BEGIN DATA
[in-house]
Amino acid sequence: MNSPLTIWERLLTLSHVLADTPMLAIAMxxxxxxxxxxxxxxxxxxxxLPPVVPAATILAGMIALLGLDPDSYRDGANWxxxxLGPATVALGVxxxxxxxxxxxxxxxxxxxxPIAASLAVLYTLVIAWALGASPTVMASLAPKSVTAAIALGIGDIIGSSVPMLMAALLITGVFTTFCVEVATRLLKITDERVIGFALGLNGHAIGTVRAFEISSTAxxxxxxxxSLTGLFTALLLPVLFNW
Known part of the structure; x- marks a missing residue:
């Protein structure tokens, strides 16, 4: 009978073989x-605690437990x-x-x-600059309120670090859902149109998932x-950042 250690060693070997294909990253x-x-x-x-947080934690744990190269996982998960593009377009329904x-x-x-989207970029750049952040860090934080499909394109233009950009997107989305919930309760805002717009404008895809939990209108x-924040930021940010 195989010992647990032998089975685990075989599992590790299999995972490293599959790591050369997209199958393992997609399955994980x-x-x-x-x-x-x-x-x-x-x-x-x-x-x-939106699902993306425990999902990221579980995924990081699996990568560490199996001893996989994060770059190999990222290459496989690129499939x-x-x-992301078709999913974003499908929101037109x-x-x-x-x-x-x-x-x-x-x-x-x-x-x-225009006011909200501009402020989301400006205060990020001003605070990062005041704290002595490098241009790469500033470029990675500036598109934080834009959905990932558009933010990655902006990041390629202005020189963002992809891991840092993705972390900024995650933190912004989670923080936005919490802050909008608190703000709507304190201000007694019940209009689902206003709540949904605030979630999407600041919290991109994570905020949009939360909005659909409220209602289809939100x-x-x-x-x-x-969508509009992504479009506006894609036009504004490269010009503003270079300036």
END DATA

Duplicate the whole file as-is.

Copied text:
[in-house]
Amino acid sequence: MNSPLTIWERLLTLSHVLADTPMLAIAMxxxxxxxxxxxxxxxxxxxxLPPVVPAATILAGMIALLGLDPDSYRDGANWxxxxLGPATVALGVxxxxxxxxxxxxxxxxxxxxPIAASLAVLYTLVIAWALGASPTVMASLAPKSVTAAIALGIGDIIGSSVPMLMAALLITGVFTTFCVEVATRLLKITDERVIGFALGLNGHAIGTVRAFEISSTAxxxxxxxxSLTGLFTALLLPVLFNW
Known part of the structure; x- marks a missing residue:
């Protein structure tokens, strides 16, 4: 009978073989x-605690437990x-x-x-600059309120670090859902149109998932x-950042 250690060693070997294909990253x-x-x-x-947080934690744990190269996982998960593009377009329904x-x-x-989207970029750049952040860090934080499909394109233009950009997107989305919930309760805002717009404008895809939990209108x-924040930021940010 195989010992647990032998089975685990075989599992590790299999995972490293599959790591050369997209199958393992997609399955994980x-x-x-x-x-x-x-x-x-x-x-x-x-x-x-939106699902993306425990999902990221579980995924990081699996990568560490199996001893996989994060770059190999990222290459496989690129499939x-x-x-992301078709999913974003499908929101037109x-x-x-x-x-x-x-x-x-x-x-x-x-x-x-225009006011909200501009402020989301400006205060990020001003605070990062005041704290002595490098241009790469500033470029990675500036598109934080834009959905990932558009933010990655902006990041390629202005020189963002992809891991840092993705972390900024995650933190912004989670923080936005919490802050909008608190703000709507304190201000007694019940209009689902206003709540949904605030979630999407600041919290991109994570905020949009939360909005659909409220209602289809939100x-x-x-x-x-x-969508509009992504479009506006894609036009504004490269010009503003270079300036």